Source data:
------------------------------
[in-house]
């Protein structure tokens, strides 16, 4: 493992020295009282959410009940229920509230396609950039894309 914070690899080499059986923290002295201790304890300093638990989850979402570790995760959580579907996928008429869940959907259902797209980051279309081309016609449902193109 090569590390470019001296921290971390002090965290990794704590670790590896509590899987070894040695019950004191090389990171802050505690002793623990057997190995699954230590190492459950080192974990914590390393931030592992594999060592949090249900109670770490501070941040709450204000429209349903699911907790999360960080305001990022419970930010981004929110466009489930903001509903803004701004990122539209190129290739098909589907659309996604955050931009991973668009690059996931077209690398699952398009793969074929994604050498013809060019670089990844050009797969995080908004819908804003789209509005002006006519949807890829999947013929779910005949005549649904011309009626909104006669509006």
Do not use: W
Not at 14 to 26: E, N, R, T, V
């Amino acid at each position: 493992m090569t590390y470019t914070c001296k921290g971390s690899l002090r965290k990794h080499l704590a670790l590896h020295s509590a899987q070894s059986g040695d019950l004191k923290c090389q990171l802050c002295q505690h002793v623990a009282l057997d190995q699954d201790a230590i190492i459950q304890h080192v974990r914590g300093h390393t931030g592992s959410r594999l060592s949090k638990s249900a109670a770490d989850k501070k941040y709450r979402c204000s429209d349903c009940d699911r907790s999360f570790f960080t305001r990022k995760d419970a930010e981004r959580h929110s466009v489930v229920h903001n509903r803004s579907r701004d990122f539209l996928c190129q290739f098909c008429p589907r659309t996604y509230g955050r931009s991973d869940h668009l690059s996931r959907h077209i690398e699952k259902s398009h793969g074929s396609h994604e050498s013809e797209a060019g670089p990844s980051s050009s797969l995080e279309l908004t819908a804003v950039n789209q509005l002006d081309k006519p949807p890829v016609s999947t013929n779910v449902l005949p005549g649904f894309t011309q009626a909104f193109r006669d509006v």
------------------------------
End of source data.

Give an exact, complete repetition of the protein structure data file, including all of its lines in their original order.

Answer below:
[in-house]
């Protein structure tokens, strides 16, 4: 493992020295009282959410009940229920509230396609950039894309 914070690899080499059986923290002295201790304890300093638990989850979402570790995760959580579907996928008429869940959907259902797209980051279309081309016609449902193109 090569590390470019001296921290971390002090965290990794704590670790590896509590899987070894040695019950004191090389990171802050505690002793623990057997190995699954230590190492459950080192974990914590390393931030592992594999060592949090249900109670770490501070941040709450204000429209349903699911907790999360960080305001990022419970930010981004929110466009489930903001509903803004701004990122539209190129290739098909589907659309996604955050931009991973668009690059996931077209690398699952398009793969074929994604050498013809060019670089990844050009797969995080908004819908804003789209509005002006006519949807890829999947013929779910005949005549649904011309009626909104006669509006």
Do not use: W
Not at 14 to 26: E, N, R, T, V
């Amino acid at each position: 493992m090569t590390y470019t914070c001296k921290g971390s690899l002090r965290k990794h080499l704590a670790l590896h020295s509590a899987q070894s059986g040695d019950l004191k923290c090389q990171l802050c002295q505690h002793v623990a009282l057997d190995q699954d201790a230590i190492i459950q304890h080192v974990r914590g300093h390393t931030g592992s959410r594999l060592s949090k638990s249900a109670a770490d989850k501070k941040y709450r979402c204000s429209d349903c009940d699911r907790s999360f570790f960080t305001r990022k995760d419970a930010e981004r959580h929110s466009v489930v229920h903001n509903r803004s579907r701004d990122f539209l996928c190129q290739f098909c008429p589907r659309t996604y509230g955050r931009s991973d869940h668009l690059s996931r959907h077209i690398e699952k259902s398009h793969g074929s396609h994604e050498s013809e797209a060019g670089p990844s980051s050009s797969l995080e279309l908004t819908a804003v950039n789209q509005l002006d081309k006519p949807p890829v016609s999947t013929n779910v449902l005949p005549g649904f894309t011309q009626a909104f193109r006669d509006v």